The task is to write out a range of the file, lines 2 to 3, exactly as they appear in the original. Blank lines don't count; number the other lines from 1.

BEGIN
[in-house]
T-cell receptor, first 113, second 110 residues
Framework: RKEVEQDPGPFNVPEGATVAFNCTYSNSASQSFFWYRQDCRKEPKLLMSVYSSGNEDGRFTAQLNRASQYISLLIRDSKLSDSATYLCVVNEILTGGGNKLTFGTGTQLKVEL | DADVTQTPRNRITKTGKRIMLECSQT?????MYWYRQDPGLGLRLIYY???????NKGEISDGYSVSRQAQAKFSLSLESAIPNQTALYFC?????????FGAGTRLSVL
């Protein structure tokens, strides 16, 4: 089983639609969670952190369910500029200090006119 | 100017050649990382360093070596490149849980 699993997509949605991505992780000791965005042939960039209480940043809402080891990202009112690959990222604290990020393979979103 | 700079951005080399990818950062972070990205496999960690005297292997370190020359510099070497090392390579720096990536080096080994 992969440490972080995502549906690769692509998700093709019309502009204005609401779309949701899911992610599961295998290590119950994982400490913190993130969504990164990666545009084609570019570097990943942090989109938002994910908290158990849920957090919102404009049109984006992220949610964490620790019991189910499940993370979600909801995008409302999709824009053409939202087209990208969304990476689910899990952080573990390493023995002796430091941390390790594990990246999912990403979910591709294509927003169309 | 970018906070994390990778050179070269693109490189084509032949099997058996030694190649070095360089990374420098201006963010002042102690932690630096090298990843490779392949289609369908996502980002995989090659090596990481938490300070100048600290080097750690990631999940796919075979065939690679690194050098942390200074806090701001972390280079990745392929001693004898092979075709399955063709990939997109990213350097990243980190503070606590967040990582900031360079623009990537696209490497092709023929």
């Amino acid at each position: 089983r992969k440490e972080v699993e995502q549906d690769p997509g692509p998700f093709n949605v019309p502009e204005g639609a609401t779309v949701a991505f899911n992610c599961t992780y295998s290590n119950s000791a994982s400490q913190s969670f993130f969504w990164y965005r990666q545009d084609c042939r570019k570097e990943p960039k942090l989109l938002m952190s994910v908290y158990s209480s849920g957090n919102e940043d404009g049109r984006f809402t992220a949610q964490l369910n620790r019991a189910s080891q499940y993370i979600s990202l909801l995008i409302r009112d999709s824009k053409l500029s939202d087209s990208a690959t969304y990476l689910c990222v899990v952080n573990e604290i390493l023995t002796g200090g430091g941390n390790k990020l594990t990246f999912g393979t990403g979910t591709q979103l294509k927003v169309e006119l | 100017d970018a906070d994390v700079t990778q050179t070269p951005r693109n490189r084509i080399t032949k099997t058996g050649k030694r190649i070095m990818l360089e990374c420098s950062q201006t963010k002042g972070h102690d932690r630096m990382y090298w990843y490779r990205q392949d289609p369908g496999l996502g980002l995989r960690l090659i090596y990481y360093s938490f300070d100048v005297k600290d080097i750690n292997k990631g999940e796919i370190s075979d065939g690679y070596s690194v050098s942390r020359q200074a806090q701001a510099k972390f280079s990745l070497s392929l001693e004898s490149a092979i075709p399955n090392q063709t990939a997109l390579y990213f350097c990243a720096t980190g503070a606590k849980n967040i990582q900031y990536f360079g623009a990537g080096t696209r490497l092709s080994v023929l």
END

T-cell receptor, first 113, second 110 residues
Framework: RKEVEQDPGPFNVPEGATVAFNCTYSNSASQSFFWYRQDCRKEPKLLMSVYSSGNEDGRFTAQLNRASQYISLLIRDSKLSDSATYLCVVNEILTGGGNKLTFGTGTQLKVEL | DADVTQTPRNRITKTGKRIMLECSQT?????MYWYRQDPGLGLRLIYY???????NKGEISDGYSVSRQAQAKFSLSLESAIPNQTALYFC?????????FGAGTRLSVL